The stories in Ursula Le Guin’s newest collection, The Unreal and the Real — which were culled from her long publishing career — are perhaps not what most readers would expect out of Le Guin, who is most well known for her science fiction and fantasy writing. Many of them are what we might call pure realism, and many of them resist any category at all. The title is like a little joke Le Guin had with herself. Which stories are “real,” and which are not? Le Guin doesn’t really care, and makes it clear in the refreshingly honest introductions to each volume, written in the tone of a woman who is too old to think much of what others think of her. Le Guin has spent much of her career defying genre while finding success within it, and these volumes are no exception.
Rather than writing stories that can be neatly placed into one category or the other, Le Guin uses science fiction and fantasy as a way to set up hypotheses about the world we live in. If only one-sixteenth of births were male, what would happen? If, in some distant future, we had the ability to read other’s thoughts as pictures, what would they look like, and what would that mean for human dignity? If society were made up of three castes in a strict hierarchy that were forced to intermarry, what would marriage and gender dynamics look like? Le Guin presents one of many possible scenarios, and lets us imagine whether or not she is right.
My favorite stories in The Unreal and the Real all deal explicitly with the idea of rewriting, and more specifically, with renaming. In “She Unnames Them” — which Le Guin calls her favorite story in the introduction to the second volume — Eve, pondering the world from the Garden of Eden, takes back the name of every animal in the kingdom, letting them decide for themselves how they will be called, and takes her leave of Eden forever. It is a simple gesture, but a powerful one. If language defines how we interact with other objects and beings, the ultimate power lies with those who name them.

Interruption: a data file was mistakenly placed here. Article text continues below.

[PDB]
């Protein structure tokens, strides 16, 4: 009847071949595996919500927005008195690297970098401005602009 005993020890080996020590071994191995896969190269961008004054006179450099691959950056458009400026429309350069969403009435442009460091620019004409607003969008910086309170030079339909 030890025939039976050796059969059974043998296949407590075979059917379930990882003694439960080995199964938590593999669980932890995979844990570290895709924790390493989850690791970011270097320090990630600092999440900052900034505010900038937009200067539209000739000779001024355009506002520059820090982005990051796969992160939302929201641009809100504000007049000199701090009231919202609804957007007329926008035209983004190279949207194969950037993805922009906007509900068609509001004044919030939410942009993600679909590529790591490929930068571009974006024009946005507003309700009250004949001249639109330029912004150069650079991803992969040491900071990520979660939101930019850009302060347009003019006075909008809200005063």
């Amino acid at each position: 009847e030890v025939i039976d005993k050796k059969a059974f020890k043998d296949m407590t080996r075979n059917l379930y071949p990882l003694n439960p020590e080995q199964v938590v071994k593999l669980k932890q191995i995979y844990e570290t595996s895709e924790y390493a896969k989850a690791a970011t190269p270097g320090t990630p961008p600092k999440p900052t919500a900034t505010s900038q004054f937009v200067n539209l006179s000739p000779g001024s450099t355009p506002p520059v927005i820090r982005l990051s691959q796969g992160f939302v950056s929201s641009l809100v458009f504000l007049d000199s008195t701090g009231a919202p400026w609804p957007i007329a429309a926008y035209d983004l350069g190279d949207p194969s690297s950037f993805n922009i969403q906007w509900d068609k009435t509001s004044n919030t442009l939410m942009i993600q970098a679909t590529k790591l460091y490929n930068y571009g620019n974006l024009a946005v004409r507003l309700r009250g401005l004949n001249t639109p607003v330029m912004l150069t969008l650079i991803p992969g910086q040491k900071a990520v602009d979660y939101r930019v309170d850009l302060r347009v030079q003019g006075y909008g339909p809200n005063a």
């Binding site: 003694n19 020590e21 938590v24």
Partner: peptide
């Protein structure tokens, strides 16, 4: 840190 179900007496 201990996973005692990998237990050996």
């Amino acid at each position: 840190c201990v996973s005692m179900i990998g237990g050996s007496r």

Le Guin further plays with this theme of naming in “May’s Lion.” She lets us imagine for a moment what it would look like if the power to name were given back to each one of us, and forces us to stare into the void that the lack of names creates. How would we re-write the world, given the chance? “May’s Lion” is a story about a story. The narrator first tells the tale of an old woman, May, who lived alone in an old farmhouse in their small town, spending her days caring for her cow. A mountain lion comes to the woman’s yard to die. The woman, afraid for her cow’s udders, debates her options: leave the house to milk her cow and risk attack, or stay inside while her cow needs her. Finally she picks the only other option she sees, which is to call a couple of neighbors to come shoot the mountain lion. Unceremoniously, the story is over: the beautiful creature is dead, the practical choice made. The narrator rejects this version. “It is a tiny part of the history of the Valley, and I want to make it part of the Valley outside history,” she says. She then tells the version that, were we able to re-write stories to be what we need them to be, would have happened. In the new version, May and the lion come to an understanding; May lets the lion die in peace, providing shade and comfort in the last moments of its dignified life. The narrator gives the lion back to May; the re-write is a gift to her and a tribute to a better version of the truth. “It’s still your story, Aunt May; it was your lion,” she says. “He came to you. He brought his death to you, a gift; but the men with the guns won’t take gifts, they think they own death already.” The power to re-write a narrative isn’t something we can rely on in the real world. But the way we tell stories matters, and fiction, Le Guin seems to be saying, can be more truthful than the truth.